Children at Funerals

Children at Funerals

Children process grief in a different way to adults – some might be very upset, some might act oblivious, and both of these reactions are ok. Every child is different. Some parents worry that their child will feel too overwhelmed attending the service and would prefer that they don’t attend, which is understandable. For others, they want their child to attend to be able to say goodbye.

How to involve children in the funeral service

Grieving children can be helped by being included in the planning of memorial ceremonies and taking part. Children shouldn’t be forced to get involved in these ceremonies but encouraged to do as much as they feel comfortable with. These occasions are a time to symbolically say goodbye and can help children (and adults) to remember loved ones. Being involved can also help children to accept that a loved one is no longer here.

Encouraging them to draw pictures, place flowers or write stories for or about their loved one is healing. These may be placed with their loved one as a “special gift” from them. Allowing them to stand with their family members during eulogies or readings is a way of including them in the ceremonies. Children can be creative and resilient. They might surprise you positively with their views on death and their ideas on how to be involved.

How to prepare children for a funeral

You might want to spend some time preparing your children for the experience to describe what the service might be like and what might happen. Here are a few tips on how this could look:

  • Ask your child if they would like to go – giving them the option helps them feel part of the decision-making process.
  • Be prepared to answer their questions. Make time to fully answer them in plain age-appropriate language to make sure they understand.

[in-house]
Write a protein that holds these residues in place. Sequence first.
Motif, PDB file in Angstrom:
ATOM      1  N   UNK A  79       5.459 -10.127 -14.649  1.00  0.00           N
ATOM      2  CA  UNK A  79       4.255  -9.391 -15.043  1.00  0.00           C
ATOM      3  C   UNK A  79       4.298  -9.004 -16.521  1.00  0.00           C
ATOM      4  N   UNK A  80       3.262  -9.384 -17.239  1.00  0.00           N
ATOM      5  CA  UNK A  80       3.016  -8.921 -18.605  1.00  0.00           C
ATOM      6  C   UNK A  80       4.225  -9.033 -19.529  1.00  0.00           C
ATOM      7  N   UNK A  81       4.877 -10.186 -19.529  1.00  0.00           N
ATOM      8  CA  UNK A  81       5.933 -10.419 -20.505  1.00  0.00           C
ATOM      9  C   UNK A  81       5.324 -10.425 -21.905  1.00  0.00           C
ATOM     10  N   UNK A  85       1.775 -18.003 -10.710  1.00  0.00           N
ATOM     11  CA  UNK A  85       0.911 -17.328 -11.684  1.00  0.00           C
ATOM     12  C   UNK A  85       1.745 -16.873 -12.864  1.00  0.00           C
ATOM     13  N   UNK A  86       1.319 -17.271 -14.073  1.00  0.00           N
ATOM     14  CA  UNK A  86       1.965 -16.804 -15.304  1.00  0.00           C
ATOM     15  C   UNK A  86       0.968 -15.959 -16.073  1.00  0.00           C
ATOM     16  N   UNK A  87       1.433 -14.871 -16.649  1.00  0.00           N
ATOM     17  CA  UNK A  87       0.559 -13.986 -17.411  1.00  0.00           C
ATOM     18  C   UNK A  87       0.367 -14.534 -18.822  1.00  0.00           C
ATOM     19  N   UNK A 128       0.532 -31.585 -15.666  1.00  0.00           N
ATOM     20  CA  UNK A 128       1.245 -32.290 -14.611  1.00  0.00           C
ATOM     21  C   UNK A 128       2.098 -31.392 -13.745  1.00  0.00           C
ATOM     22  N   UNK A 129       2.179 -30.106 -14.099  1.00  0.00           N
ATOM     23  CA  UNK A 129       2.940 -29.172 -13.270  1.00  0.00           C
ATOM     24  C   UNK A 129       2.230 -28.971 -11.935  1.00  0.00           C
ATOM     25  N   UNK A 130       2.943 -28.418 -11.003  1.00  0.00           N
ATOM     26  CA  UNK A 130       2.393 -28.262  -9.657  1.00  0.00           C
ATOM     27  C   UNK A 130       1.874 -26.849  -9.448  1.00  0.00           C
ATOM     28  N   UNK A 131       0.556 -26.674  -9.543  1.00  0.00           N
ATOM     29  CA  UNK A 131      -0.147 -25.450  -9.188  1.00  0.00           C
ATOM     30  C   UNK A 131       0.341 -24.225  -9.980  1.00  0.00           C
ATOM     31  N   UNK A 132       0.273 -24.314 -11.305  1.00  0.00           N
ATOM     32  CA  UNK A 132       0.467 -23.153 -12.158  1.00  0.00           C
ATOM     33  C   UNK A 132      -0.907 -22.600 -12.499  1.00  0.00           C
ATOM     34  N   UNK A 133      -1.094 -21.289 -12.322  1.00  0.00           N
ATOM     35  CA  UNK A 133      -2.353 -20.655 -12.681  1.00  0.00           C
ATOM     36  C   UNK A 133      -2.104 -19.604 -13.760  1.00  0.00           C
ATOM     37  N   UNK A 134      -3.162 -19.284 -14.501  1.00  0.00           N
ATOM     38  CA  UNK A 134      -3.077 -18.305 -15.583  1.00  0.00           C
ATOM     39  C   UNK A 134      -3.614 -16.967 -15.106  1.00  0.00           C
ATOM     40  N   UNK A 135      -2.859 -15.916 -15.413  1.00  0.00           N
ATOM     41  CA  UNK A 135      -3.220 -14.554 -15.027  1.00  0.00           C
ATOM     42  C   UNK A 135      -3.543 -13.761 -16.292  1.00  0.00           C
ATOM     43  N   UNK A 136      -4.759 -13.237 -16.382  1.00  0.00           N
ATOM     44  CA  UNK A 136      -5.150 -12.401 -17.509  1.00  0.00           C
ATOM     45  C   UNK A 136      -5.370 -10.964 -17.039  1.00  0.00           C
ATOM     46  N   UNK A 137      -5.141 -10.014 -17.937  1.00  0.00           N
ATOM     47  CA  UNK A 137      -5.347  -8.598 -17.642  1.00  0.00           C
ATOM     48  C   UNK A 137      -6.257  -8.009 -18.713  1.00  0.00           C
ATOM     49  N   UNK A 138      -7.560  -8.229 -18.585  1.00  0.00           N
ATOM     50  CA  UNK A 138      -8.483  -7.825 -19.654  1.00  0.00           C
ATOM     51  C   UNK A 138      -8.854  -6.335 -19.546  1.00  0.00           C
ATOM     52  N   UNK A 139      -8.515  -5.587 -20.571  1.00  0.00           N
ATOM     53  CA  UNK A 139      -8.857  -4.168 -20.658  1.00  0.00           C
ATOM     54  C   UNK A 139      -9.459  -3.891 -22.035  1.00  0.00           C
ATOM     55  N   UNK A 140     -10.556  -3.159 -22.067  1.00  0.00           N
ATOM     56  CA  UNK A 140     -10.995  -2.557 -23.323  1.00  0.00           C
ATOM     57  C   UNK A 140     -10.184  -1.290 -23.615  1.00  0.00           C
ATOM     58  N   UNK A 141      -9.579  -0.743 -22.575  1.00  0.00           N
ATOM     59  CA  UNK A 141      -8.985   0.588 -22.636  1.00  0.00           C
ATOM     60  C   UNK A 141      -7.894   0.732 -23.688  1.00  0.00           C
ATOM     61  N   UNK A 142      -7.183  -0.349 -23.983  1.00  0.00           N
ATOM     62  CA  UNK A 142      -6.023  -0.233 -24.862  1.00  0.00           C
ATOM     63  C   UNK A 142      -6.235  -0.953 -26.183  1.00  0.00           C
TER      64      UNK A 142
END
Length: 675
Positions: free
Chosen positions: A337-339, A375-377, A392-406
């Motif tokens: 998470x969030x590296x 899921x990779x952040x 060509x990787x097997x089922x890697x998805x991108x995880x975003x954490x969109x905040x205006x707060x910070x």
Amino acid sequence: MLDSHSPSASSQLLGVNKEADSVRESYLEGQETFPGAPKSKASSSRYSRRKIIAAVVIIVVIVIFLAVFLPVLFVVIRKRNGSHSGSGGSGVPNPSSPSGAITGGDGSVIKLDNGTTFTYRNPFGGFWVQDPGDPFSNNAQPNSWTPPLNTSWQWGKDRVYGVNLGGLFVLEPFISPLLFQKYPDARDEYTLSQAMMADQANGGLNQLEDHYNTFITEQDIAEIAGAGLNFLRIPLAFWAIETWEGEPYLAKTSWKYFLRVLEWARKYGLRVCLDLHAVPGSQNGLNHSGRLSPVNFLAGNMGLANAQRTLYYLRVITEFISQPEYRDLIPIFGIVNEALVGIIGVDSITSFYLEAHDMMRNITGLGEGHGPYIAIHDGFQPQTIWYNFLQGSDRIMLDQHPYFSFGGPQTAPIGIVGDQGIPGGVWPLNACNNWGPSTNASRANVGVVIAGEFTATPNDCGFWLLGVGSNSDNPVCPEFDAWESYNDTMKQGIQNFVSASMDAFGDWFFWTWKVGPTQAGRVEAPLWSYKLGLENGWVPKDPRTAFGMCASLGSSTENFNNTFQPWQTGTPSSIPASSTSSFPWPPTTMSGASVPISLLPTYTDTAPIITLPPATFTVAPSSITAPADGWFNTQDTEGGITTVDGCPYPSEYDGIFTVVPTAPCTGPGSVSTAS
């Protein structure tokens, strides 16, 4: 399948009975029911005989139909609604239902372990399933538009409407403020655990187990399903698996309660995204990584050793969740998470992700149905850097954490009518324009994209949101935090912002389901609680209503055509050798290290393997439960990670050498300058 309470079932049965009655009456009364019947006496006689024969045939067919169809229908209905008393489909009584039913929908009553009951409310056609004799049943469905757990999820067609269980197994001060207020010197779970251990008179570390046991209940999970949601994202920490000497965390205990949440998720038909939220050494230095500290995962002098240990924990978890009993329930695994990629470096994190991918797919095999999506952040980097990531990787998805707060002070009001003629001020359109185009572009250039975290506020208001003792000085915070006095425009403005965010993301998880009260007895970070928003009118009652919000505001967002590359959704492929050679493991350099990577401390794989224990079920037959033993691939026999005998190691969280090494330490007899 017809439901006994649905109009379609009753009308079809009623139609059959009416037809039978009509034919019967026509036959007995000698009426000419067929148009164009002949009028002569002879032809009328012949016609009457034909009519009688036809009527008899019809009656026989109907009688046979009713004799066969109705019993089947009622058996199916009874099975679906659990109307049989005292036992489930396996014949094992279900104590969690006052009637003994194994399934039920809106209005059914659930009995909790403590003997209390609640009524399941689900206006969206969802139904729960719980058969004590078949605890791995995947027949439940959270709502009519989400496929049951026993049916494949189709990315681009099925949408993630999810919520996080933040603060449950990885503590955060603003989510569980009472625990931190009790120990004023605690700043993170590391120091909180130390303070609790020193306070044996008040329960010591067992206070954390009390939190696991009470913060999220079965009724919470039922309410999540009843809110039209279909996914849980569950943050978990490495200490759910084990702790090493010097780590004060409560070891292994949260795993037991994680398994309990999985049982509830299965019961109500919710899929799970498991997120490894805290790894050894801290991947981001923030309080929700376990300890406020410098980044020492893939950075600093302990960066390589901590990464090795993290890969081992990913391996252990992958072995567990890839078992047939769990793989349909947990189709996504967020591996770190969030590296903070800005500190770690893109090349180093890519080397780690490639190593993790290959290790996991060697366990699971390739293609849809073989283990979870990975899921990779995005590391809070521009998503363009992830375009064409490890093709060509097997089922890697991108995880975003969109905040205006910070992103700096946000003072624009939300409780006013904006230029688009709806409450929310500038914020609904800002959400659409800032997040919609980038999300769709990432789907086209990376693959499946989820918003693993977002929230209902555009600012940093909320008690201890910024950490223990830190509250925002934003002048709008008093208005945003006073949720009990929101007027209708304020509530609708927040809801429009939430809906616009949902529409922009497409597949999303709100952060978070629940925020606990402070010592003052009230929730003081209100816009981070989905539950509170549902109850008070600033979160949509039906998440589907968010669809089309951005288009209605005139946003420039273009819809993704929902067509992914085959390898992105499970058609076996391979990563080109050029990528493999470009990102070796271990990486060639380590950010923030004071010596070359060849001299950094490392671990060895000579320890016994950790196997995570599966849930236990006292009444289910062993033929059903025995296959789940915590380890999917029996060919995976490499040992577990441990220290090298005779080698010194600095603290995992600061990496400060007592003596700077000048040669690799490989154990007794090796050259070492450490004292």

• Avoid euphemisms. Children tend to take things literally so words like, “he’s gone to sleep,” or “she went on a journey” might result in more confusion and fear.
  • Make sure that your child understands that the body has stopped working, that it doesn’t need food or air and that it cannot feel any pain.
  • Describe what will happen before, during and after the service.
  • You might want to say that people will be wearing darker clothes and they might be visibly upset.
  • There might be a chance to say goodbye to your loved one.
  • Let their schools know so that they can help support your child to try and make the grieving process easier at school.
  • Offer your child plenty of reassurance, let them know that they can change their mind at any time and occasionally check that they’re happy with the decision they’ve made.

Visiting a dying relative

If you are comfortable with it, let children see their loved ones during the dying phase and after death. This helps them process the transition from life to death. Being with their loved one in death reinforces to them that death is natural, not scary and lets them see for themselves the peace that surrounds their loved one in death. It allows them to witness, express and share the raw grief that is a part of this time.

Alternative ways for children to say goodbye

If you prefer that your children do not attend the funeral, here are some ideas for other ways they can say goodbye:

  • Visiting the grave or memorial site
  • Lighting a candle
  • Create a book of remembrance together
  • Draw a picture or write a poem.

Support for grieving children and caregivers

Every child is different and will process grief differently, and that's OK.